Not overruled or negatively treated on appealinfoCoverage
Oregon Court of AppealsJul 22, 1992
114 Or. App. 287 (Or. Ct. App. 1992)
114 Or. App. 287835 P.2d 140

86D-300069; CA A71417

Argued and submitted May 1, 1992

Affirmed July 22, 1992

Appeal from District Court, Marion County.

John B. Wilson, Judge.

Patricia Campbell, Salem, argued the cause and filed the brief for appellant.

No appearance for respondents.

Before Buttler, Presiding Judge, and Rossman and De Muniz, Judges.



In this conversion action, plaintiffs allege that defendant wrongfully repossessed the pick-up truck that they were purchasing from him. Defendant appeals from the summary judgment entered against him. We affirm.

Plaintiffs and defendant entered into a hand-written contract for the sale of the pickup. Plaintiffs were to make installment payments monthly, and defendant was to retain title until the entire purchase price was paid. The contract provided that, in the event of default, defendant had the right to collect interest at the "prevalent" rate on overdue payments; it did not provide that he had the right to repossess the truck. After plaintiffs failed to make several payments, however, defendant repossessed the truck. Plaintiffs then filed this action for conversion.

Defendant filed an answer denying that plaintiffs were the owners of the truck or were entitled to immediate possession. Plaintiffs then moved for judgment on the pleadings on liability, ORCP 21B, which the trial court granted. After a jury trial on the issue of damages, a judgment for plaintiffs was entered. Defendant appealed, and we reversed and remanded, holding that defendant's denial that plaintiffs were the owners and entitled to immediate possession required the trial court to deny plaintiffs' motion. We noted that the trial court had ruled that ORS 83.520(1), which provides that a retail installment contract "shall contain all of the agreements of the parties" controlled and that defendant did not have the right to repossess the truck from plaintiffs, because the contract did not provide for that remedy after default. We commented that, without a factual record, it was impossible to determine whether defendant was a "retail seller" within the meaning of ORS 83.510(12). Herrera v. Quijano, 98 Or. App. 760, 780 P.2d 750, rev den 308 Or. 660 (1989).

On remand, plaintiffs moved for summary judgment, which the trial court granted. In support of that motion, plaintiffs filed an affidavit with a copy of a certificate of title issued to plaintiffs by the State of California, showing plaintiffs as "registered owners" of the truck and defendant as a lienholder, i.e., holder of title. Although plaintiffs did not contend that they were the legal owners, the certificate of title evidenced that plaintiffs had an interest in the vehicle sufficient to support the conversion action. Although plaintiffs, in a second affidavit, asserted that neither they nor defendant were engaged in the business of selling used or new motor vehicles, they argued that ORS 83.520(1) applied. However, it is precisely for that reason that that statute does not apply.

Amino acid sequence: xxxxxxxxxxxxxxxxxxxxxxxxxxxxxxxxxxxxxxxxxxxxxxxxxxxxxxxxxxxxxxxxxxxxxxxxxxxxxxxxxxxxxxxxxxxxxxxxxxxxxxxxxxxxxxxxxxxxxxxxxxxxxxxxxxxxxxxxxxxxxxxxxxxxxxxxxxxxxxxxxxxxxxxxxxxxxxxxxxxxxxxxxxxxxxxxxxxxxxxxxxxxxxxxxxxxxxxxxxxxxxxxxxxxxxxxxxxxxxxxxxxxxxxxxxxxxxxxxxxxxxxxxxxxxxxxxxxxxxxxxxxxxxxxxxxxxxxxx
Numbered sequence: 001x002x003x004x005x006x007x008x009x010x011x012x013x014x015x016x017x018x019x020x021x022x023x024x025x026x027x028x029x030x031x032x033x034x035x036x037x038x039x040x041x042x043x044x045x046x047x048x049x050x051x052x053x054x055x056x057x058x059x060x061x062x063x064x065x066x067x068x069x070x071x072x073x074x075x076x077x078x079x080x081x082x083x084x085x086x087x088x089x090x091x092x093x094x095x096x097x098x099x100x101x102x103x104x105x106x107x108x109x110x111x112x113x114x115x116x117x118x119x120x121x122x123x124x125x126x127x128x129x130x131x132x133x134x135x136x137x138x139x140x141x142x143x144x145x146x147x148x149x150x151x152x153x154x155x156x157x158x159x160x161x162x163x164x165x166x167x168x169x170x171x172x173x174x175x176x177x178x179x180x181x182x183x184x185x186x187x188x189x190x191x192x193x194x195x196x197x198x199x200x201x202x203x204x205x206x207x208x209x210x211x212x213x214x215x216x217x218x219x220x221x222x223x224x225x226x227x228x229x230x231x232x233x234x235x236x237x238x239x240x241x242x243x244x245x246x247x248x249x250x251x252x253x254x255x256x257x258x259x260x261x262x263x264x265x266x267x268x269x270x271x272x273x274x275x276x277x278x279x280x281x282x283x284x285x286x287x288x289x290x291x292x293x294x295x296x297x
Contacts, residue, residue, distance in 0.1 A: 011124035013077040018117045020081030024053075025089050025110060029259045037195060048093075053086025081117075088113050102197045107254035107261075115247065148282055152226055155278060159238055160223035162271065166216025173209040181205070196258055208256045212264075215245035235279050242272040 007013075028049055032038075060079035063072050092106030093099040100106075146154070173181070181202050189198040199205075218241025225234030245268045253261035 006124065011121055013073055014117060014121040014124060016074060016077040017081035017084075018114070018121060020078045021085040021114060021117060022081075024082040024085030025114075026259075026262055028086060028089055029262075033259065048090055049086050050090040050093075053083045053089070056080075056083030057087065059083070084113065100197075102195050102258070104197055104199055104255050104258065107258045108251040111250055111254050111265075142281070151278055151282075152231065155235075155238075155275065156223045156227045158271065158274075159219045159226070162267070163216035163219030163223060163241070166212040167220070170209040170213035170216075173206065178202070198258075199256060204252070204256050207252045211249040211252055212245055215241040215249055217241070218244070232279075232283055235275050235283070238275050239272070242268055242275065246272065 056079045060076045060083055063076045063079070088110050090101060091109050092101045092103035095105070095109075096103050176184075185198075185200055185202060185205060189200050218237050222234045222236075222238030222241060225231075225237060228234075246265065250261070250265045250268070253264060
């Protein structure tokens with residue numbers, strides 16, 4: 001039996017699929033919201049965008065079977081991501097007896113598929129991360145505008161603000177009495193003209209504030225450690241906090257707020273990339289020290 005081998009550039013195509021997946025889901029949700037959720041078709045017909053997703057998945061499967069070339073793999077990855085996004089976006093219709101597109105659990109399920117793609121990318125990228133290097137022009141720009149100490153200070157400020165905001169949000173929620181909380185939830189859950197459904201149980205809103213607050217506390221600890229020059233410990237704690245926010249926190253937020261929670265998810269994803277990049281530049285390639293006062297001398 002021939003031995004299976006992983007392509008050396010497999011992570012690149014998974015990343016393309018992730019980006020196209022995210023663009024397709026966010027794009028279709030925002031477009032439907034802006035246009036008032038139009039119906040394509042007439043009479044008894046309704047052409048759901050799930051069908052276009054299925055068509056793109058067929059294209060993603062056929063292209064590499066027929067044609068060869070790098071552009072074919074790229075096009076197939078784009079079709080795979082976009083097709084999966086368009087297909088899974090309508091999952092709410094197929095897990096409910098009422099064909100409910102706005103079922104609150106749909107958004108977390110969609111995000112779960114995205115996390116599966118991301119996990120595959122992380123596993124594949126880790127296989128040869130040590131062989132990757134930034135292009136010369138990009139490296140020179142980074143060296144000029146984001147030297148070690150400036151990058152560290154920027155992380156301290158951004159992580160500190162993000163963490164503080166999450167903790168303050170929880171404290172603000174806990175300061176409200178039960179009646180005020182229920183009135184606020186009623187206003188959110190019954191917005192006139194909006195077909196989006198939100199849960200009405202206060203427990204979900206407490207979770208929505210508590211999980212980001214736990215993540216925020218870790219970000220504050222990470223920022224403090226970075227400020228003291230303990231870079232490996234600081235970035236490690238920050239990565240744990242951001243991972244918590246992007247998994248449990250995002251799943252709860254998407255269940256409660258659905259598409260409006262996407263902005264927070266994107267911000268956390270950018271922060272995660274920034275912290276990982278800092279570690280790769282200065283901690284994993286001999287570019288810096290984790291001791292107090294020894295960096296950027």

ORS 83.520 provides, in part:

"(1) A retail installment contract shall be in writing, shall contain all the agreements of the parties, shall contain the names of the seller and the buyer, the place of business of the seller, the residence or place of business of the buyer as specified by the buyer and a description of the motor vehicle including its make, year, model and identification numbers or marks, and shall be signed by the buyer and the seller."

The rest of the statute provides, in detail, what the contract must provide, including the size of print in the printed portion.

During oral argument on the summary judgment motion, defendant argued that ORS 79.5030 controls. That statute provides:

"Unless otherwise agreed a secured party has on default the right to take possession of the collateral. In taking possession a secured party may proceed without judicial process if this can be done without breach of the peace or may proceed by action."

Defendant was a secured party, ORS 79.1050(1)(m), because he had retained title to the truck, thus reserving a "security interest." ORS 71.2010(37)(a). The contract, however, only provided defendant with the right to demand interest on any payments in default. It did not provide for the acceleration of the principal on default and did not give defendant the right to take possession of the truck after default. The parties had "otherwise agreed" for specific, limited remedies after default, not including repossession. ORS 79.5030 does not provide the missing remedy. Accordingly, plaintiffs had the right to immediate possession of the truck, and the trial court did not err in granting their motion for summary judgment.